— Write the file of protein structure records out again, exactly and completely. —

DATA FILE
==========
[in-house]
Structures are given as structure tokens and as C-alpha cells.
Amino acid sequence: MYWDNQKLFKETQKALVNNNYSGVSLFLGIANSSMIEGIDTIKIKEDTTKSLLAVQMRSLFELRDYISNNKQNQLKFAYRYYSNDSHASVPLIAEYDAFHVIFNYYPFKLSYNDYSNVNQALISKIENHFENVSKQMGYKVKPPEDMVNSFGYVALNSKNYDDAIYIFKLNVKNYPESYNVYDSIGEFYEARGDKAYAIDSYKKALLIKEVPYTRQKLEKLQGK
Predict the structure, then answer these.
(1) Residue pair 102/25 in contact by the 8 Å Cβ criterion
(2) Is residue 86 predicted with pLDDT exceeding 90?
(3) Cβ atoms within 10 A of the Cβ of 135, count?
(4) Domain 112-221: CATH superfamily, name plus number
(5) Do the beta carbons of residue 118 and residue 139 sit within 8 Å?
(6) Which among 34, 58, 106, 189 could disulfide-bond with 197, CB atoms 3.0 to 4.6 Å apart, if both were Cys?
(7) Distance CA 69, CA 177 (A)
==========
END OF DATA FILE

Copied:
[in-house]
Structures are given as structure tokens and as C-alpha cells.
Amino acid sequence: MYWDNQKLFKETQKALVNNNYSGVSLFLGIANSSMIEGIDTIKIKEDTTKSLLAVQMRSLFELRDYISNNKQNQLKFAYRYYSNDSHASVPLIAEYDAFHVIFNYYPFKLSYNDYSNVNQALISKIENHFENVSKQMGYKVKPPEDMVNSFGYVALNSKNYDDAIYIFKLNVKNYPESYNVYDSIGEFYEARGDKAYAIDSYKKALLIKEVPYTRQKLEKLQGK
Predict the structure, then answer these.
(1) Residue pair 102/25 in contact by the 8 Å Cβ criterion
(2) Is residue 86 predicted with pLDDT exceeding 90?
(3) Cβ atoms within 10 A of the Cβ of 135, count?
(4) Domain 112-221: CATH superfamily, name plus number
(5) Do the beta carbons of residue 118 and residue 139 sit within 8 Å?
(6) Which among 34, 58, 106, 189 could disulfide-bond with 197, CB atoms 3.0 to 4.6 Å apart, if both were Cys?
(7) Distance CA 69, CA 177 (A)